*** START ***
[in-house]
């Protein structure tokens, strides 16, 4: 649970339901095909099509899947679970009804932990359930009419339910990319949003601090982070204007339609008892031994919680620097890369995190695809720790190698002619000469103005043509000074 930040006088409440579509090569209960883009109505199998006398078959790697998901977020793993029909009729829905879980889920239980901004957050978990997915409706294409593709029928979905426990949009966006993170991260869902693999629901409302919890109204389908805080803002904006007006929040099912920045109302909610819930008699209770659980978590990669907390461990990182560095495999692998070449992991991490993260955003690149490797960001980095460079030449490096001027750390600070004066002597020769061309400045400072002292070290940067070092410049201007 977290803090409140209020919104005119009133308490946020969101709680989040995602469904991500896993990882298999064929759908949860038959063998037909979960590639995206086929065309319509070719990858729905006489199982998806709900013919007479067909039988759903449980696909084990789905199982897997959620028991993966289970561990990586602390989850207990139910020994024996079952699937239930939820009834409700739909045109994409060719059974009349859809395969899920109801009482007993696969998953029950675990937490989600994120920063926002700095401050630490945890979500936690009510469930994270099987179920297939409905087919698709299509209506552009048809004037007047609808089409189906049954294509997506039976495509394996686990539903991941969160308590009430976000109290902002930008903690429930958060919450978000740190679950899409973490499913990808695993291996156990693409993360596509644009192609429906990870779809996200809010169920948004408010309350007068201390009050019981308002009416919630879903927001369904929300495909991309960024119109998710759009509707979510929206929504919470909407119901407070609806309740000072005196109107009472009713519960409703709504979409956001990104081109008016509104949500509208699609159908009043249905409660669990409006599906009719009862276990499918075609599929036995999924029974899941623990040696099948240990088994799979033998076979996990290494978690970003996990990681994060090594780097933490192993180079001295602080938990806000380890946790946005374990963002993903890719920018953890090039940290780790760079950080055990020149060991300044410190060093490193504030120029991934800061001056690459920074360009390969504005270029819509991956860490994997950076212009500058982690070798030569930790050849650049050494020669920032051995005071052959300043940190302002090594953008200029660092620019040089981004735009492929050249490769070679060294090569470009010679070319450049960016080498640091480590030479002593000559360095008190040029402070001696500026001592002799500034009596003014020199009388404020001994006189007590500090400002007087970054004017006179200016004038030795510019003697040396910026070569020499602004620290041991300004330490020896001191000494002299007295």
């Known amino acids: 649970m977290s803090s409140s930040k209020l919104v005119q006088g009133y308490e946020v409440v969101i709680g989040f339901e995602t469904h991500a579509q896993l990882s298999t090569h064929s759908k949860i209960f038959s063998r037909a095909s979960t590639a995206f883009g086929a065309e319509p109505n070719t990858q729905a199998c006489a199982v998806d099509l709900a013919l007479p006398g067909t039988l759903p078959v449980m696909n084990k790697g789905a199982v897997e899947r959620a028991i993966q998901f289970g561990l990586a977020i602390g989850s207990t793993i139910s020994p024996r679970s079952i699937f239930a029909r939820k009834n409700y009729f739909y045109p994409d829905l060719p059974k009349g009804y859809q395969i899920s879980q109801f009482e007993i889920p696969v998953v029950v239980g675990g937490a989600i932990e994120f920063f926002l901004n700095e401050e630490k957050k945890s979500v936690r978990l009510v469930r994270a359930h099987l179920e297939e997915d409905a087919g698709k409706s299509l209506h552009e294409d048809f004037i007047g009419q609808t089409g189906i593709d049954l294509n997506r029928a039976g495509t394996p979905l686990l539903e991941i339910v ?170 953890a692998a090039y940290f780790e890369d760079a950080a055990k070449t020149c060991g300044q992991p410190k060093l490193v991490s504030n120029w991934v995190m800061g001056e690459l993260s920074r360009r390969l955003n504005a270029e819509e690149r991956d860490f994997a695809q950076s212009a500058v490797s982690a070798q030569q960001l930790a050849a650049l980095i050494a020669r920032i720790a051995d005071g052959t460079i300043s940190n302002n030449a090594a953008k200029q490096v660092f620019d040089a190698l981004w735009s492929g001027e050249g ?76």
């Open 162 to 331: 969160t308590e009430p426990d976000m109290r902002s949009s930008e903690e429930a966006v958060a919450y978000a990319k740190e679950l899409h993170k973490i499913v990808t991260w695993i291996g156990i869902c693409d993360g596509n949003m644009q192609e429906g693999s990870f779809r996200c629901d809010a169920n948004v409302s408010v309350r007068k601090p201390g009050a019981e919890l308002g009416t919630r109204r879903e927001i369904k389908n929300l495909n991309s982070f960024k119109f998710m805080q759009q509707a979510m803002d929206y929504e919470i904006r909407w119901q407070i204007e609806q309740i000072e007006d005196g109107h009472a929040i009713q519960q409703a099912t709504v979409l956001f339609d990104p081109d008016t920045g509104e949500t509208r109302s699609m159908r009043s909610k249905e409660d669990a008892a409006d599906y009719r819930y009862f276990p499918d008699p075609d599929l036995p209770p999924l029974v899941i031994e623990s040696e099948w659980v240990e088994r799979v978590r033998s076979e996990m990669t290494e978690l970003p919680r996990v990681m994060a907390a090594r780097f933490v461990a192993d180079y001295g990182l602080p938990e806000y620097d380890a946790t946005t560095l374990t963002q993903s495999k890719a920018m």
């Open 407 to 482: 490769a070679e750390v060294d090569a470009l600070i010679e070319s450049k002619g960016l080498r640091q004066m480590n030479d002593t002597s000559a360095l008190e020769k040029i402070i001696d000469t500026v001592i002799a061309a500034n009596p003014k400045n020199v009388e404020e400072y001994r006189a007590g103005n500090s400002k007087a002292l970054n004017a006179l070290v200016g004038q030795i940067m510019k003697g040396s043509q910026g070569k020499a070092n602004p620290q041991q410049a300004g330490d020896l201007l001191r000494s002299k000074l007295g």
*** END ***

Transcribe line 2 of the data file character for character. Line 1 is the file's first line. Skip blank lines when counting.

């Protein structure tokens, strides 16, 4: 649970339901095909099509899947679970009804932990359930009419339910990319949003601090982070204007339609008892031994919680620097890369995190695809720790190698002619000469103005043509000074 930040006088409440579509090569209960883009109505199998006398078959790697998901977020793993029909009729829905879980889920239980901004957050978990997915409706294409593709029928979905426990949009966006993170991260869902693999629901409302919890109204389908805080803002904006007006929040099912920045109302909610819930008699209770659980978590990669907390461990990182560095495999692998070449992991991490993260955003690149490797960001980095460079030449490096001027750390600070004066002597020769061309400045400072002292070290940067070092410049201007 977290803090409140209020919104005119009133308490946020969101709680989040995602469904991500896993990882298999064929759908949860038959063998037909979960590639995206086929065309319509070719990858729905006489199982998806709900013919007479067909039988759903449980696909084990789905199982897997959620028991993966289970561990990586602390989850207990139910020994024996079952699937239930939820009834409700739909045109994409060719059974009349859809395969899920109801009482007993696969998953029950675990937490989600994120920063926002700095401050630490945890979500936690009510469930994270099987179920297939409905087919698709299509209506552009048809004037007047609808089409189906049954294509997506039976495509394996686990539903991941969160308590009430976000109290902002930008903690429930958060919450978000740190679950899409973490499913990808695993291996156990693409993360596509644009192609429906990870779809996200809010169920948004408010309350007068201390009050019981308002009416919630879903927001369904929300495909991309960024119109998710759009509707979510929206929504919470909407119901407070609806309740000072005196109107009472009713519960409703709504979409956001990104081109008016509104949500509208699609159908009043249905409660669990409006599906009719009862276990499918075609599929036995999924029974899941623990040696099948240990088994799979033998076979996990290494978690970003996990990681994060090594780097933490192993180079001295602080938990806000380890946790946005374990963002993903890719920018953890090039940290780790760079950080055990020149060991300044410190060093490193504030120029991934800061001056690459920074360009390969504005270029819509991956860490994997950076212009500058982690070798030569930790050849650049050494020669920032051995005071052959300043940190302002090594953008200029660092620019040089981004735009492929050249490769070679060294090569470009010679070319450049960016080498640091480590030479002593000559360095008190040029402070001696500026001592002799500034009596003014020199009388404020001994006189007590500090400002007087970054004017006179200016004038030795510019003697040396910026070569020499602004620290041991300004330490020896001191000494002299007295």